The ADA website notes that “politically expedient Government announcements” featuring the ADF “is always wrong”.

On the radio Morrison is arguing that earlier he took the position that fire-fighting was a state matter, and that he had been responding to their requests. Now, he says, they were not asking enough and the situation demands actrion, so he is acting.

However, his style appears to be totally non-consultative, ignoring the appropriate protocols. As John Davidson said on another thread:

” He also said somewhere that he was doing what he was doing without listening to the premiers. The big man has taken over AND IT WILL BE DONE HIS WAY!!!

Sounds like out of control political panicking from someone who doesn’t know how to lead. “

This David Rowe cartoon from mid-November seems apposite:

When people with expertise wanted to meet with him he refused. Now he just goes ahead regardless, although on radio he said that calling in the reserves was planned in November. The Guardian has a useful chronology from May 2018 of how the issue developed over time, although they could have started with scientists’ warnings which Penny Wong says she was given when in government prior to Abbott’s ascension to power in 2013.

Moreover, Australia is already majorly on the nose overseas on matters relating to climate change. An article in the New York Post written after the Cobargo incident – Australia fires: Scott Morrison chased out of scorched town by angry locals – is worth a read, with the PM being called a “scumbag” and told to “piss off”. It gives a full report of the video seen here that went viral.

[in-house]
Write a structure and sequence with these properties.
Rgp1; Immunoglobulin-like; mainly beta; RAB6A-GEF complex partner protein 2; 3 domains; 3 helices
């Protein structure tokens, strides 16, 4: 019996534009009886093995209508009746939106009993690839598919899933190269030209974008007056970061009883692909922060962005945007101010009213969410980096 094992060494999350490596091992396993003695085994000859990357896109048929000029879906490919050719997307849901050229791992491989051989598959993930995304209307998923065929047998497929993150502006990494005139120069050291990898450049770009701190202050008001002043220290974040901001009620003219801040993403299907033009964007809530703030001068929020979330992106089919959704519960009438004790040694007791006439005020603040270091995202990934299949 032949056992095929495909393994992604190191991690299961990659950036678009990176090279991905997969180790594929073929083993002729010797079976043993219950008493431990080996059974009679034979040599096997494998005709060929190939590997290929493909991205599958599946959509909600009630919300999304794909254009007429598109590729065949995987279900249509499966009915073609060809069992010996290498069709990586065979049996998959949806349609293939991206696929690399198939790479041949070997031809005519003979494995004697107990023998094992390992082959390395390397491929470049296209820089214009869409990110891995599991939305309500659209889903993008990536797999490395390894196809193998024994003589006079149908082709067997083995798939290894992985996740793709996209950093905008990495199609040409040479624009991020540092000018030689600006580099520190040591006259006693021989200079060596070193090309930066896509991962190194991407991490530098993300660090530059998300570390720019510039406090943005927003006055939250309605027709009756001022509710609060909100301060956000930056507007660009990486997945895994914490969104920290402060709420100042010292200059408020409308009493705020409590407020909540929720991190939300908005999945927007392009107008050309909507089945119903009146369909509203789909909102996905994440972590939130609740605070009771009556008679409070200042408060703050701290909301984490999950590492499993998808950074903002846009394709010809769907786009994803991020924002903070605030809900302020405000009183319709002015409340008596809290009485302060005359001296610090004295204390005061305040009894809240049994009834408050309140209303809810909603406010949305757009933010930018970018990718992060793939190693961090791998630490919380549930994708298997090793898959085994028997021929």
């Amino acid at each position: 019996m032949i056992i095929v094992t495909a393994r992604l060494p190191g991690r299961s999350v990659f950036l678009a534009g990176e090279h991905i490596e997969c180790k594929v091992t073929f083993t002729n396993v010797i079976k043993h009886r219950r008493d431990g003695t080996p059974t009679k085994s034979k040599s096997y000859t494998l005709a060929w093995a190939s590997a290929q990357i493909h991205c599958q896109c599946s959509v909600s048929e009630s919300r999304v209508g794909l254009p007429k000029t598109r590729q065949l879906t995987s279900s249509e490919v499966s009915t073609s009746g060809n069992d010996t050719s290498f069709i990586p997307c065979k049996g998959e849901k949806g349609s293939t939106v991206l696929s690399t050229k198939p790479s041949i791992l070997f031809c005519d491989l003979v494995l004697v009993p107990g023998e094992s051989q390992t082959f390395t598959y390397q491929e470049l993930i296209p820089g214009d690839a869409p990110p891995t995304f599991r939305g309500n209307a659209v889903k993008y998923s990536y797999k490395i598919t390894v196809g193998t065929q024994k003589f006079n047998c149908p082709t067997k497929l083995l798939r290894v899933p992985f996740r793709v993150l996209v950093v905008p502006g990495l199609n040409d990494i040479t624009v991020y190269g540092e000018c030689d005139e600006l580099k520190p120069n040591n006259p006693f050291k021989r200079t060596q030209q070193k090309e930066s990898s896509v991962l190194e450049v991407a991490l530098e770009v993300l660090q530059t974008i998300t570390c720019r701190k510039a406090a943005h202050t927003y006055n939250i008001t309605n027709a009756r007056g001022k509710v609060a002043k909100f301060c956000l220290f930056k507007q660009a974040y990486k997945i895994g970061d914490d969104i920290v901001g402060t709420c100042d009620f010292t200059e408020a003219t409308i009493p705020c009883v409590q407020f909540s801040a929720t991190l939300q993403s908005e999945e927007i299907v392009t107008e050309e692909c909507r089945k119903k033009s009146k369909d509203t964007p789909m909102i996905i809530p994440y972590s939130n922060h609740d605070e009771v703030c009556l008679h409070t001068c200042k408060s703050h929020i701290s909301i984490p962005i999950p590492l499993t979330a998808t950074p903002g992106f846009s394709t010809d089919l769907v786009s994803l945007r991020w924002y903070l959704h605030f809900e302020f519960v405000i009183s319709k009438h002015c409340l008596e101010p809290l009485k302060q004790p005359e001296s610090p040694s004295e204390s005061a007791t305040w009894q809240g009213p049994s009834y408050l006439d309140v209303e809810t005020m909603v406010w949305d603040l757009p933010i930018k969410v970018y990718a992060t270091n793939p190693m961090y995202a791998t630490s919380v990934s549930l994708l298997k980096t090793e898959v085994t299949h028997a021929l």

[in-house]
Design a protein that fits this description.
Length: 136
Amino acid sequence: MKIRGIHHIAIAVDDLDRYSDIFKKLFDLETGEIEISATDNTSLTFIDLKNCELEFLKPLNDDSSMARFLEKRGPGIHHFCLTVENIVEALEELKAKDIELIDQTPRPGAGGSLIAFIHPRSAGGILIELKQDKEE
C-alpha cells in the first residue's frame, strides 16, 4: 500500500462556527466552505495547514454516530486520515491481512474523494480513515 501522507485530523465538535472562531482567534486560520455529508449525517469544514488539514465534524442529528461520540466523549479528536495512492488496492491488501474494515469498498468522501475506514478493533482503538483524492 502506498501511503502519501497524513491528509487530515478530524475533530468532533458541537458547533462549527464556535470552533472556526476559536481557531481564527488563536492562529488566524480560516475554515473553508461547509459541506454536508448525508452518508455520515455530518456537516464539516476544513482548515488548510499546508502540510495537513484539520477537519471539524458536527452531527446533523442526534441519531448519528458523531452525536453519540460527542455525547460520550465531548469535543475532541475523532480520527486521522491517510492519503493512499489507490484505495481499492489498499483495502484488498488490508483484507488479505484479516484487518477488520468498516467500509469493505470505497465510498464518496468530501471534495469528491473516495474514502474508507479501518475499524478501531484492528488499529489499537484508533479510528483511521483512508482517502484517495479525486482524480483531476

Paul Bongiorno had already written Morrison’s leadership off in The summer Scott Morrison’s leadership broke. Bongiorno details how Morrison continually gets the decisions, the optics and the words wrong. Whatever political capital he had from the election has been squandered.

On New Year’s Eve we had the PM telling us what a great place Australia is to live when a debate raged as to whether the fireworks should be cancelled and the cricket authorities are spelling out the protocols about who decides whether the players can still see the ball for the smoke. Well before that time the PM had become a bit of a joke. The first comment on this Mumbrella piece says “Morrison is no leader, he couldn’t even lead a choko vine over a dunny wall.! “

Laura Tingle asks a reasonable question in Are the bushfires Scott Morrison’s Hurricane Katrina moment that he can’t live down?

Reflecting on a photo of himself surveying some of the damage from Air Force One, George W Bush said:

That photo of me hovering over the damage suggested I was detached from the suffering on the ground,” Bush wrote later in his book Decision Points.